A SNOWMOBILE RIDE THROUGH BIG SKY COUNTRY
Ride any or all areas
- Experience the beauty of Montana
- Enjoy the camaraderie of fellow riders
- Enjoy the satisfaction of helping those in Montana who are fighting the daily battle
of mental illness.
TransMontana is a snowmobile ride through “Big Sky Country”! Come “Ride the Rockies” with us and raise money for NAMI – National Alliance on Mental Illness Montana. Sponsored by the Montana Snowmobile Association. This is a unique outdoor adventure and all of our fund raising goes to a good cause. Our ride starts February 6th and we finish on February 11th.. Please come join the fun.
Proceeds from TransMontana will go to NAMI – National Alliance on Mental Illness Montana. Please join us in our effort to assist those living with an illness that has no cure.
FOR ADDITIONAL INFORMATION CONTACT:
cell (406) 366-4158
Treatment and Therapy can be
effective in relieving the symptoms
of those suffering from mental illness.
Mental illnesses are disruptions in neural circuits that cause severe disturbances in the processes of thinking, feeling and outward behavior. Mental illness can affect anyone, regardless of race, age, gender or economic circumstances. Some examples of serious mental
- Major/Clinical Depression is a very common illness. We all experience ups and downs, but a person with clinical depression feels so debilitated that he or she finds it extremely difficult to function at work, at school, in relationships, and to participate in daily activities.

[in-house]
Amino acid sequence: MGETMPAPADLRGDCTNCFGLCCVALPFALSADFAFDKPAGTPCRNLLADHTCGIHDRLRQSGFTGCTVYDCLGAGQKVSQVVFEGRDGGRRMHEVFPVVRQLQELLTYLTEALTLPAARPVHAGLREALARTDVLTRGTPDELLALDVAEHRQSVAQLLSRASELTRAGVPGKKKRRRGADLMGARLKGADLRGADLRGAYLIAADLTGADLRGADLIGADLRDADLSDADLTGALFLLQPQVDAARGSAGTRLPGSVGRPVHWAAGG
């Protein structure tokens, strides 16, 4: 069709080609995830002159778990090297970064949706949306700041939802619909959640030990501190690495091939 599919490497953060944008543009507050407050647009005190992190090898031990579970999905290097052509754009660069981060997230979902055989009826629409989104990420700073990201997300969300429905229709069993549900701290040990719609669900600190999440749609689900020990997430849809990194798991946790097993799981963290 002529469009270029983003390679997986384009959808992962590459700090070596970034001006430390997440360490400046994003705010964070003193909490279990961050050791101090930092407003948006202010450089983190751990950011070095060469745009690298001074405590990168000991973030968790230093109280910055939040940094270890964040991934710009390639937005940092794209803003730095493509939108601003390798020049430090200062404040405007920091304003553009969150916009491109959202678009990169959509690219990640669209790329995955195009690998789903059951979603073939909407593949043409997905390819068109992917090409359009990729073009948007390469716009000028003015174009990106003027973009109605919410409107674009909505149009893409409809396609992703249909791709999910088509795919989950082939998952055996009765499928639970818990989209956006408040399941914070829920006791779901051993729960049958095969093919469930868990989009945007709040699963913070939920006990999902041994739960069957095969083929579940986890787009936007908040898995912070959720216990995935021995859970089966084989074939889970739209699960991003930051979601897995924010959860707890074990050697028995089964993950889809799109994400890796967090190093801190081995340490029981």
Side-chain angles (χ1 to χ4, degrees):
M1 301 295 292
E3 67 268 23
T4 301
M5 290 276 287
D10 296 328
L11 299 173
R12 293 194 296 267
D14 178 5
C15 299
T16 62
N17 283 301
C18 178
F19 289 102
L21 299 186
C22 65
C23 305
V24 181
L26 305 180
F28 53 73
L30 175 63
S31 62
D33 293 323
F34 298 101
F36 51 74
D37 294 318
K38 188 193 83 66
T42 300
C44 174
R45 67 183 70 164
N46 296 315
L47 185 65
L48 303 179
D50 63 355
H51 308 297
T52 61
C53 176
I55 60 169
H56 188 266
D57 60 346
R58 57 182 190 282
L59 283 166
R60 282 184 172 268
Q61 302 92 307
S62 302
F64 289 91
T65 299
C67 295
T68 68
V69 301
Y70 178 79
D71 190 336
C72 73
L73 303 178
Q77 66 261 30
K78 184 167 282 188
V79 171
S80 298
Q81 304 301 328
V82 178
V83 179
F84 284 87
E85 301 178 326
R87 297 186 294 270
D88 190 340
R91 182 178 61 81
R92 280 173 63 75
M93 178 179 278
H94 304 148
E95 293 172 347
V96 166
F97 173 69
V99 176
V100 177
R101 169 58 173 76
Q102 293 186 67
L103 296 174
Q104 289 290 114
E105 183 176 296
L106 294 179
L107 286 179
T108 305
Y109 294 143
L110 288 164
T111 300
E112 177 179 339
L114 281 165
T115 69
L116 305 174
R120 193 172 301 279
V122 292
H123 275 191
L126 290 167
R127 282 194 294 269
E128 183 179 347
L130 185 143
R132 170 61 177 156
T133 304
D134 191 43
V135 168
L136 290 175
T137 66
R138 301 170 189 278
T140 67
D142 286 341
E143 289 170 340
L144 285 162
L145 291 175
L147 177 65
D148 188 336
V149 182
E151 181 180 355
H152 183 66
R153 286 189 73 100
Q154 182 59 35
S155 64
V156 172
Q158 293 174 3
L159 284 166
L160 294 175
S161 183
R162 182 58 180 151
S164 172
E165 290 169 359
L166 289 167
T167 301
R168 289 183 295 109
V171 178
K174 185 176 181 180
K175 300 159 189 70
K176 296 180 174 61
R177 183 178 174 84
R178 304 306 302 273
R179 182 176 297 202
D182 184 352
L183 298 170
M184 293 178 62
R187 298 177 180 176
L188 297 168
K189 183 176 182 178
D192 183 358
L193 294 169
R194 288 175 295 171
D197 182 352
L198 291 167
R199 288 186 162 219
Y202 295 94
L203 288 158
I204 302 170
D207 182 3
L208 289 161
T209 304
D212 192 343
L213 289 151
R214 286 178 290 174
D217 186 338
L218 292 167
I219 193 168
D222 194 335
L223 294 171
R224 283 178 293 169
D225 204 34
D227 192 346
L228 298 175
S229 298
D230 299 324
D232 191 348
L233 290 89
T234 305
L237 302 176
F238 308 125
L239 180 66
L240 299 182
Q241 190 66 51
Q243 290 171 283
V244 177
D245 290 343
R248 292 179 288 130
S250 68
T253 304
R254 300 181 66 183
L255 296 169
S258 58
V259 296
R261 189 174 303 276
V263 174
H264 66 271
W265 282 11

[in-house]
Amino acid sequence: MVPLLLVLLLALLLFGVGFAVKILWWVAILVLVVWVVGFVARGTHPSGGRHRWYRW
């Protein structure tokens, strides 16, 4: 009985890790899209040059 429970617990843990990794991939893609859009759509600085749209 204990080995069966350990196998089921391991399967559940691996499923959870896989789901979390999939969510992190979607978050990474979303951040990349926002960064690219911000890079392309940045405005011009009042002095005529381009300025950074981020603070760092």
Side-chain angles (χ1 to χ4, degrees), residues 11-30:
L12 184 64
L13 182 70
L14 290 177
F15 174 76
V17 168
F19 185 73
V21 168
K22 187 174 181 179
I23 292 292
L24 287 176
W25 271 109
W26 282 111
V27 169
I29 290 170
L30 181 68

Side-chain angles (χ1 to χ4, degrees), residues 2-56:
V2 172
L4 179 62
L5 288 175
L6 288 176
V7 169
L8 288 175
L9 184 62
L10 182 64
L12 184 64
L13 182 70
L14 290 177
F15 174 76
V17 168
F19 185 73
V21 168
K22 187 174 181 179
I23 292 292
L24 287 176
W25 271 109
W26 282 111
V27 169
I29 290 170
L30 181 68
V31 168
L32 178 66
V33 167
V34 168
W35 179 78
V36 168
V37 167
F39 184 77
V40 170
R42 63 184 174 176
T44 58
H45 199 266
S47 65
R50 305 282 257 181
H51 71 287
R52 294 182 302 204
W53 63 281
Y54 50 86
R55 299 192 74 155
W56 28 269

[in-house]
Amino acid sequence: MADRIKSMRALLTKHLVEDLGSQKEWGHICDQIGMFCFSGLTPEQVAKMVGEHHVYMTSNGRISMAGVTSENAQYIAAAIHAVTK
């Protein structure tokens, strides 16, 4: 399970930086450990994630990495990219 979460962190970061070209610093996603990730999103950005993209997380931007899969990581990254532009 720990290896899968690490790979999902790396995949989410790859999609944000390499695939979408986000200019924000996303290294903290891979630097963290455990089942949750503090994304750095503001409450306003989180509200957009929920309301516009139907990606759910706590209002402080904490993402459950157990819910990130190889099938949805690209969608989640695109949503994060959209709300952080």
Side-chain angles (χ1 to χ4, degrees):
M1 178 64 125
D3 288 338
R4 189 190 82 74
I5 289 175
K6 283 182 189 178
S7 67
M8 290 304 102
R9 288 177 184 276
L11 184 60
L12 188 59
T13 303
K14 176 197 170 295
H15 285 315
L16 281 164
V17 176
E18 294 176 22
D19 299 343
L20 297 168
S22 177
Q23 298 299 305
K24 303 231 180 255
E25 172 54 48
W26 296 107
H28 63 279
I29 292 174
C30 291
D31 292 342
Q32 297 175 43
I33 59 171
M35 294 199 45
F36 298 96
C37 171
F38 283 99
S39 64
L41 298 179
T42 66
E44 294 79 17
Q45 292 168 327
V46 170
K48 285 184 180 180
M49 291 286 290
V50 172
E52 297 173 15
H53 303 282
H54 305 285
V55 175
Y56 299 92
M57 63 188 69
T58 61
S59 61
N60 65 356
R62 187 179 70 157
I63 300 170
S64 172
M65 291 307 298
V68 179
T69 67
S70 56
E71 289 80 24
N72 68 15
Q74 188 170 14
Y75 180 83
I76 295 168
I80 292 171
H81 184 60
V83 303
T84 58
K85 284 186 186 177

- Bipolar Disorder (Manic Depression) causes a person to cycle between periods of frenetic activity and deep depression. Individuals with certain types of bipolar disorder may also experience hallucinations and delusions.
- Schizophrenia affects a person’s capacity to express feelings appropriately and think clearly. Someone with schizophrenia may experience hallucinations, have terrifying throughts and feel isolated from others.
- Severe Anxiety Disorders, including Post Traumatic Stress Disorder, occur after a person experiences a traumatic event. While it is common to experience a brief state of anxiety or depression after the event, people with severe anxiety disorders continually reexperience the event. avoid individuals, thoughts or situations associated with the event; and have symptoms of excess emotions.